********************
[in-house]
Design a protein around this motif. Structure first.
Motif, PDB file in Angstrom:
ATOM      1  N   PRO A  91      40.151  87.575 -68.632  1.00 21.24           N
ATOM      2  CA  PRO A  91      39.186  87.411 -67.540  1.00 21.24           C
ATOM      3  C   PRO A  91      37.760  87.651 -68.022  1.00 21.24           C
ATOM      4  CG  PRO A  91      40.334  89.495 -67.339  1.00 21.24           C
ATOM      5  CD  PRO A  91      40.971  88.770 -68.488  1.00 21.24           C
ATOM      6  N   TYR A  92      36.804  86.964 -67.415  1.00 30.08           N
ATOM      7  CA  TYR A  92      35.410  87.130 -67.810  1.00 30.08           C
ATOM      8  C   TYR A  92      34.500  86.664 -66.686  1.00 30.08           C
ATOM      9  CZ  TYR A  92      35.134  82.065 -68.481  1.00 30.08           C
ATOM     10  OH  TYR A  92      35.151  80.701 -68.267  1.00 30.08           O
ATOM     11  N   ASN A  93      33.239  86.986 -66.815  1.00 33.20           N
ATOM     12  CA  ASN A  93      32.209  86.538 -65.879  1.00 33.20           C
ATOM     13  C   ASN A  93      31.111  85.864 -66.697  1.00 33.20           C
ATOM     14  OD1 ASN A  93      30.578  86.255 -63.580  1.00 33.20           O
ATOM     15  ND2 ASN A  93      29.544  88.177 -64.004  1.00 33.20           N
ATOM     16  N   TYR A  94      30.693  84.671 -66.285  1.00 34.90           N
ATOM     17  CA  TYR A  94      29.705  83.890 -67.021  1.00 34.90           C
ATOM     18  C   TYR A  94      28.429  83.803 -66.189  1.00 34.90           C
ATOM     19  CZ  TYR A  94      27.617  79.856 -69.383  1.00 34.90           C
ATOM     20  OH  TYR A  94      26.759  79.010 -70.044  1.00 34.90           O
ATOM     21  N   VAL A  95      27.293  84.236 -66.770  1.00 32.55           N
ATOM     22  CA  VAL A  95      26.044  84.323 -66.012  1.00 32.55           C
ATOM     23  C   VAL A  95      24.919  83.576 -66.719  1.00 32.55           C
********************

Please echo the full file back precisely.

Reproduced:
[in-house]
Design a protein around this motif. Structure first.
Motif, PDB file in Angstrom:
ATOM      1  N   PRO A  91      40.151  87.575 -68.632  1.00 21.24           N
ATOM      2  CA  PRO A  91      39.186  87.411 -67.540  1.00 21.24           C
ATOM      3  C   PRO A  91      37.760  87.651 -68.022  1.00 21.24           C
ATOM      4  CG  PRO A  91      40.334  89.495 -67.339  1.00 21.24           C
ATOM      5  CD  PRO A  91      40.971  88.770 -68.488  1.00 21.24           C
ATOM      6  N   TYR A  92      36.804  86.964 -67.415  1.00 30.08           N
ATOM      7  CA  TYR A  92      35.410  87.130 -67.810  1.00 30.08           C
ATOM      8  C   TYR A  92      34.500  86.664 -66.686  1.00 30.08           C
ATOM      9  CZ  TYR A  92      35.134  82.065 -68.481  1.00 30.08           C
ATOM     10  OH  TYR A  92      35.151  80.701 -68.267  1.00 30.08           O
ATOM     11  N   ASN A  93      33.239  86.986 -66.815  1.00 33.20           N
ATOM     12  CA  ASN A  93      32.209  86.538 -65.879  1.00 33.20           C
ATOM     13  C   ASN A  93      31.111  85.864 -66.697  1.00 33.20           C
ATOM     14  OD1 ASN A  93      30.578  86.255 -63.580  1.00 33.20           O
ATOM     15  ND2 ASN A  93      29.544  88.177 -64.004  1.00 33.20           N
ATOM     16  N   TYR A  94      30.693  84.671 -66.285  1.00 34.90           N
ATOM     17  CA  TYR A  94      29.705  83.890 -67.021  1.00 34.90           C
ATOM     18  C   TYR A  94      28.429  83.803 -66.189  1.00 34.90           C
ATOM     19  CZ  TYR A  94      27.617  79.856 -69.383  1.00 34.90           C
ATOM     20  OH  TYR A  94      26.759  79.010 -70.044  1.00 34.90           O
ATOM     21  N   VAL A  95      27.293  84.236 -66.770  1.00 32.55           N
ATOM     22  CA  VAL A  95      26.044  84.323 -66.012  1.00 32.55           C
ATOM     23  C   VAL A  95      24.919  83.576 -66.719  1.00 32.55           C